Thursday, February 17, 2011

Education and Ignorance: The Use of Knowledge in the Medieval World c.550-1550

The University of Manchester Medieval Postgraduate Conference
Education and Ignorance:
The Use of Knowledge in the Medieval World c.550-1550

John Rylands Library, Deansgate
Monday 6 - Tuesday 7th June 2011


Modern historiography has often depicted the Middle Ages as a period of
ignorance, dogma and superstition– a period in which knowledge stagnated
and education was both restricted to a privileged minority and dominated
by the institutional and ideological authority of the Church. From the
Carolingian Renaissance and the rise of the medieval universities to the
condemnations of heretical teachings and the intellectual and spiritual
ferment of the Reformation, the reality about education and knowledge in
the medieval world is undoubtedly far more complex and contested than this
picture suggests. This two day conference seeks to explore that reality
through a diverse range of disciplines and across the full historical span
of the period. We aim to address the questions – How was education
theorised, institutionalised and practiced throughout the middle ages? How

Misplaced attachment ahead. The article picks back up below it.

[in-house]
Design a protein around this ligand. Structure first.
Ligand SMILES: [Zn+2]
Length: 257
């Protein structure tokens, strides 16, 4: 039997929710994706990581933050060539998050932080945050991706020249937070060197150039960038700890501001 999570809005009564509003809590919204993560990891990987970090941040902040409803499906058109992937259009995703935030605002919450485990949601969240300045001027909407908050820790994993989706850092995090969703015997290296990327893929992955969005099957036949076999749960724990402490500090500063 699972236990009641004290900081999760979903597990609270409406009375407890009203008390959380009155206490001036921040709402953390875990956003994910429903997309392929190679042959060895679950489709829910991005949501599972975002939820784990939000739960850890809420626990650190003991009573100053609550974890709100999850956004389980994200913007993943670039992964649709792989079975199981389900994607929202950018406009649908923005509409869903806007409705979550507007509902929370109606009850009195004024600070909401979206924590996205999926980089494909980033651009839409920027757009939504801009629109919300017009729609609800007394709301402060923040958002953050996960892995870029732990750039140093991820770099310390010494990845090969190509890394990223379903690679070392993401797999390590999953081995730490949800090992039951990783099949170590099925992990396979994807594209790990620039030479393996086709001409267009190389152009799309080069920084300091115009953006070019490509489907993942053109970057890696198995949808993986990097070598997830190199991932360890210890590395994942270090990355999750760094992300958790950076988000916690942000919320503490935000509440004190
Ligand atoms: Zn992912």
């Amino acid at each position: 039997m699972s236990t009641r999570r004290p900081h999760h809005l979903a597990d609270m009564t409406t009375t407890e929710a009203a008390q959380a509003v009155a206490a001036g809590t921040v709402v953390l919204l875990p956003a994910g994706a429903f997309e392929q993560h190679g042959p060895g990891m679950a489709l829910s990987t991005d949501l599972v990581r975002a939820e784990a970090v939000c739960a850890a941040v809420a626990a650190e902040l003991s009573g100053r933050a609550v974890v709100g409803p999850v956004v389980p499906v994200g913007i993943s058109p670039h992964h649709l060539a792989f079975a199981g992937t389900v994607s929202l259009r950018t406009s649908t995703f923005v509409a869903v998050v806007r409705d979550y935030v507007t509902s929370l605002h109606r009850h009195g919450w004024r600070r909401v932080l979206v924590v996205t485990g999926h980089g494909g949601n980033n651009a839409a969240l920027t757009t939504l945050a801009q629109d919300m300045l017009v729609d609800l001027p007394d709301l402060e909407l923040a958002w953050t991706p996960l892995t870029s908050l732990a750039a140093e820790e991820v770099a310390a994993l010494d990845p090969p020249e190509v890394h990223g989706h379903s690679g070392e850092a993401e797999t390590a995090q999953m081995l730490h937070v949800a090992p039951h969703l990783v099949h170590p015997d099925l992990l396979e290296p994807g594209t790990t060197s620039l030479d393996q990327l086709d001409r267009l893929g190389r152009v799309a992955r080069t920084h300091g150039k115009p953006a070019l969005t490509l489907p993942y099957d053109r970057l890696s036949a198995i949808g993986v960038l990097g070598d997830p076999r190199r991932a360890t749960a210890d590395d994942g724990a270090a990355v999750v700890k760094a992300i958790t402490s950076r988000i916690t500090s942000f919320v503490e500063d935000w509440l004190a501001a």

was knowledge controlled, transmitted and transformed? and To what uses
were they put both by established ecclesiastical and feudal powers and the
social and religious formations that opposed them?
With these questions in mind, we invite proposals for twenty minute papers
from postgraduates and early career researchers on a variety of topics
including but, not limited to –
- the losses and restoration of Classical knowledge in the early
Middle Ages
- the development of the medieval universities
- the educational role of the monasteries and the mendicant orders
- scholasticism, scepticism and humanism
- heresy, censorship and reformation ideas about education
- didacticism in medieval literature, drama, art and architecture
- material culture and education: manuscripts, libraries, printing etc.
- theories and methods of learning – memory and scriptural exegesis
- unconventional and popular learning –alchemy, folk, and occult

Please e-mail abstracts of 250-300 words to along with your name, affiliation
and title of paper. All queries should also be directed to this address.

The deadline for submission is 31st March 2011. Selection of papers will
be made by 15th April.

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